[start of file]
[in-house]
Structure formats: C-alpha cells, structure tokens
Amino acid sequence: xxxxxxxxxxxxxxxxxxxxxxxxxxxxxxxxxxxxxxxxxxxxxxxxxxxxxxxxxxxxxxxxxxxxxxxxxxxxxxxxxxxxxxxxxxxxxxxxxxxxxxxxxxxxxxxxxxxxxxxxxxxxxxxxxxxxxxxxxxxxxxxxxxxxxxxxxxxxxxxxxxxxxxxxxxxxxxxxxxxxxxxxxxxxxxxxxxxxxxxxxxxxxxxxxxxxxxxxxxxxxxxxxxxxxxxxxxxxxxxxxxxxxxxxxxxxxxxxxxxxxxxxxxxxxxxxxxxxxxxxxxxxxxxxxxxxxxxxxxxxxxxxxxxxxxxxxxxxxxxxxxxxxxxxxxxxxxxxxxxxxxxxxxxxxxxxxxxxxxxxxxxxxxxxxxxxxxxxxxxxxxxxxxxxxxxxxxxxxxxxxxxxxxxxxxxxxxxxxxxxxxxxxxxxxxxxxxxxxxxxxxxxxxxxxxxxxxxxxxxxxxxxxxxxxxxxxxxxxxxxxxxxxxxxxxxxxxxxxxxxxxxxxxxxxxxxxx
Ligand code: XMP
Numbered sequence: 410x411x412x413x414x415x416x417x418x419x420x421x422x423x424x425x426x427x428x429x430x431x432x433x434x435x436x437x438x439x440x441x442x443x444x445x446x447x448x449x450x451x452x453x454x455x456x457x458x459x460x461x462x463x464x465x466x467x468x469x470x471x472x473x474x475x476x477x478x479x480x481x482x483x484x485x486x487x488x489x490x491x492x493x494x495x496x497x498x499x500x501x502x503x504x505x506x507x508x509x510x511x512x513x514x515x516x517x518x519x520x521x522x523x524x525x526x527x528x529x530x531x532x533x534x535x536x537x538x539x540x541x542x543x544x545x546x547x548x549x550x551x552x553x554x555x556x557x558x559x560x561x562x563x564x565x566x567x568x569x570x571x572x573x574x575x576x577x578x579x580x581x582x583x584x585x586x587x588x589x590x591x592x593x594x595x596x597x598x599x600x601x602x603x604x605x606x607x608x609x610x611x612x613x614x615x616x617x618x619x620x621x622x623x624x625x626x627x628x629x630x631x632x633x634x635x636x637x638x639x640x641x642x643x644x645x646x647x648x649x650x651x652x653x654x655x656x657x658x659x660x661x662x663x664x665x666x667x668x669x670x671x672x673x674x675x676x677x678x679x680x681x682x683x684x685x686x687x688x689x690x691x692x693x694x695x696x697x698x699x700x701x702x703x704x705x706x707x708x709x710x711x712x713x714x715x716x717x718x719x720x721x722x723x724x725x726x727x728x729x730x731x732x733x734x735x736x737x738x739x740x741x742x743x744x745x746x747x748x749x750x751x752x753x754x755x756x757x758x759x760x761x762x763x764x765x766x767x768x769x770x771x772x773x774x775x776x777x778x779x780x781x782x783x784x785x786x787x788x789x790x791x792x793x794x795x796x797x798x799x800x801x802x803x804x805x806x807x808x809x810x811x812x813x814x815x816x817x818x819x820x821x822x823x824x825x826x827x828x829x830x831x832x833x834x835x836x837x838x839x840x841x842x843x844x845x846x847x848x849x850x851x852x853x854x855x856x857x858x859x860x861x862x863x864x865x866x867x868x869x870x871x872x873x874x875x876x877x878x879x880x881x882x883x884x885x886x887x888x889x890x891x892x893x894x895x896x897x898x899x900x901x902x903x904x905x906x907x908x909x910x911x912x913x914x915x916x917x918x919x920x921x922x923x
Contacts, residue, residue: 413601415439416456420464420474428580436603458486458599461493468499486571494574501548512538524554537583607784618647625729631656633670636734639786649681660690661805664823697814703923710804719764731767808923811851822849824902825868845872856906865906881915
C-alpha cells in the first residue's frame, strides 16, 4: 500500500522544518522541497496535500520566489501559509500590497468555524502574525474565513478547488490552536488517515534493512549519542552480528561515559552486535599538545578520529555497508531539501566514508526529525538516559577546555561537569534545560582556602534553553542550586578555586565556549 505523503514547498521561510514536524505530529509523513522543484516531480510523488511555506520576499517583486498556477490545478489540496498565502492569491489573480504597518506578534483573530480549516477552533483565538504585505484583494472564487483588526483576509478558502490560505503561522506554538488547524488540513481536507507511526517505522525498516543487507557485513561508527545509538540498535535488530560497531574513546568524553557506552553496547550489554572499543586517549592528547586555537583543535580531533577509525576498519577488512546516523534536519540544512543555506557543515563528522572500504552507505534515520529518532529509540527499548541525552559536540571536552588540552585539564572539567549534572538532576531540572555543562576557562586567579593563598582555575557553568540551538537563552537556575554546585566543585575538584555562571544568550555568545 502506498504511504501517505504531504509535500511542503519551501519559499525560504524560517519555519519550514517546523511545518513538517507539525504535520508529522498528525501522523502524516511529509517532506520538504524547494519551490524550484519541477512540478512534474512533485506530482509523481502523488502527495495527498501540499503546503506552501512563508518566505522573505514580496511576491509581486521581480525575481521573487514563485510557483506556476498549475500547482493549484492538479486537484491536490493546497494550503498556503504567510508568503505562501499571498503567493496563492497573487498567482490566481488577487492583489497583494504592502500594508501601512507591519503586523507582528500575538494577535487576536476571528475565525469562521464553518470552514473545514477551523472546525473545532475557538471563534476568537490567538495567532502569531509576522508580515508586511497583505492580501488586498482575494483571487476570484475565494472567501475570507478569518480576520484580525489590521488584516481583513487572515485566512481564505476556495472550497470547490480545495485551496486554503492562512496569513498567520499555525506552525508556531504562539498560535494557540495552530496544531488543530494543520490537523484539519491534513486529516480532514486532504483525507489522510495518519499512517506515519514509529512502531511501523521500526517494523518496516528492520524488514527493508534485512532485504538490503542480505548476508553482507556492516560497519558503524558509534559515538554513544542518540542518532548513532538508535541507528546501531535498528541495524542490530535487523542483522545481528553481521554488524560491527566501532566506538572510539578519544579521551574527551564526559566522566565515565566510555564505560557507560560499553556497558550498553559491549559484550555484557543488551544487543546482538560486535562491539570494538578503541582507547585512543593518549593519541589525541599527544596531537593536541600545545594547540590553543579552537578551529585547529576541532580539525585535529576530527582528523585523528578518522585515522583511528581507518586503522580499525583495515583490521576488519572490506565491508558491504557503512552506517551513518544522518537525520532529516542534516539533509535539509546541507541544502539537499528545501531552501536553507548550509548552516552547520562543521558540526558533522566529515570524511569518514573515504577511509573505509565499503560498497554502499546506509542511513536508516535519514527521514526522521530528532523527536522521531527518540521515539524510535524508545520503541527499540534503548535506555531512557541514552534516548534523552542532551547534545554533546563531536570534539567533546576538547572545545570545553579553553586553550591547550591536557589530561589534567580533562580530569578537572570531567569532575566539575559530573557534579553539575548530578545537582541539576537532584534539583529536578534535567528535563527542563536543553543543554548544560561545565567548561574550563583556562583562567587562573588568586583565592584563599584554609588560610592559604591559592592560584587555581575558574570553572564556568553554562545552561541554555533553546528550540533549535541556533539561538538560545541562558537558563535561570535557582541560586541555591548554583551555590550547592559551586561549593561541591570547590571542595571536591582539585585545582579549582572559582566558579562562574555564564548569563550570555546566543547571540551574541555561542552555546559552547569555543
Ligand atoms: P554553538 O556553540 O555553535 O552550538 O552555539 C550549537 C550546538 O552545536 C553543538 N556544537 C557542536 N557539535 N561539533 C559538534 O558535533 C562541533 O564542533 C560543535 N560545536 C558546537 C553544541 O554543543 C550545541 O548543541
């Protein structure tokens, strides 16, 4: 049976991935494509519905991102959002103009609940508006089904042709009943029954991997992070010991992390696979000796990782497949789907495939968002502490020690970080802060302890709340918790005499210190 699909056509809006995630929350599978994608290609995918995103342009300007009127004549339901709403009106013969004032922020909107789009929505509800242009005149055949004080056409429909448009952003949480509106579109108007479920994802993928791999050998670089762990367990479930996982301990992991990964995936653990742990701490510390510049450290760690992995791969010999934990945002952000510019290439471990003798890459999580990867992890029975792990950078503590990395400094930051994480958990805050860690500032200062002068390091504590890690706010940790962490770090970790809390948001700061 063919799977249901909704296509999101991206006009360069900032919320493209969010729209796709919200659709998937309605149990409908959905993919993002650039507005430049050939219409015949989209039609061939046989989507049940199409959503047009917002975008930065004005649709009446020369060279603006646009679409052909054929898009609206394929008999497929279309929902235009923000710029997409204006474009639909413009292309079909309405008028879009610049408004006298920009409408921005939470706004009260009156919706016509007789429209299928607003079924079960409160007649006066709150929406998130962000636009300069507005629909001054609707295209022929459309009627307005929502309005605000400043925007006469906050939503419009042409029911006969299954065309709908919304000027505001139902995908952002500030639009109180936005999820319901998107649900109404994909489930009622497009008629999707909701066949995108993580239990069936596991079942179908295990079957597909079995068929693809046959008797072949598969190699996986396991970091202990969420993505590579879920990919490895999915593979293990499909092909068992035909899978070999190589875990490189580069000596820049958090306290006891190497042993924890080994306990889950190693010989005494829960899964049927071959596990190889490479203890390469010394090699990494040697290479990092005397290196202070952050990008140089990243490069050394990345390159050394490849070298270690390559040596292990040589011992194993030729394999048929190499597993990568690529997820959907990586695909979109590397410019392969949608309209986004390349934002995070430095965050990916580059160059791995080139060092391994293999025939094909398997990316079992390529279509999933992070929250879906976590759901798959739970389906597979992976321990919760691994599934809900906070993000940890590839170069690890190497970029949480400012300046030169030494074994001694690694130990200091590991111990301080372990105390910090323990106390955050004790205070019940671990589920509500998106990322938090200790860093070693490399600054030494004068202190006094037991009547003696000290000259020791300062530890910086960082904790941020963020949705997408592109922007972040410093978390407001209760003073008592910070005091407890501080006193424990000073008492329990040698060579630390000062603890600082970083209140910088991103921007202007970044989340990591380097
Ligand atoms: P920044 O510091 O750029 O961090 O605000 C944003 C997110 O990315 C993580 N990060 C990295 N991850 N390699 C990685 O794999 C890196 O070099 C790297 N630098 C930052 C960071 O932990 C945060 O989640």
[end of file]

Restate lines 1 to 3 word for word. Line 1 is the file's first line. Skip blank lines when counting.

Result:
[in-house]
Structure formats: C-alpha cells, structure tokens
Amino acid sequence: xxxxxxxxxxxxxxxxxxxxxxxxxxxxxxxxxxxxxxxxxxxxxxxxxxxxxxxxxxxxxxxxxxxxxxxxxxxxxxxxxxxxxxxxxxxxxxxxxxxxxxxxxxxxxxxxxxxxxxxxxxxxxxxxxxxxxxxxxxxxxxxxxxxxxxxxxxxxxxxxxxxxxxxxxxxxxxxxxxxxxxxxxxxxxxxxxxxxxxxxxxxxxxxxxxxxxxxxxxxxxxxxxxxxxxxxxxxxxxxxxxxxxxxxxxxxxxxxxxxxxxxxxxxxxxxxxxxxxxxxxxxxxxxxxxxxxxxxxxxxxxxxxxxxxxxxxxxxxxxxxxxxxxxxxxxxxxxxxxxxxxxxxxxxxxxxxxxxxxxxxxxxxxxxxxxxxxxxxxxxxxxxxxxxxxxxxxxxxxxxxxxxxxxxxxxxxxxxxxxxxxxxxxxxxxxxxxxxxxxxxxxxxxxxxxxxxxxxxxxxxxxxxxxxxxxxxxxxxxxxxxxxxxxxxxxxxxxxxxxxxxxxxxxxxxxxxx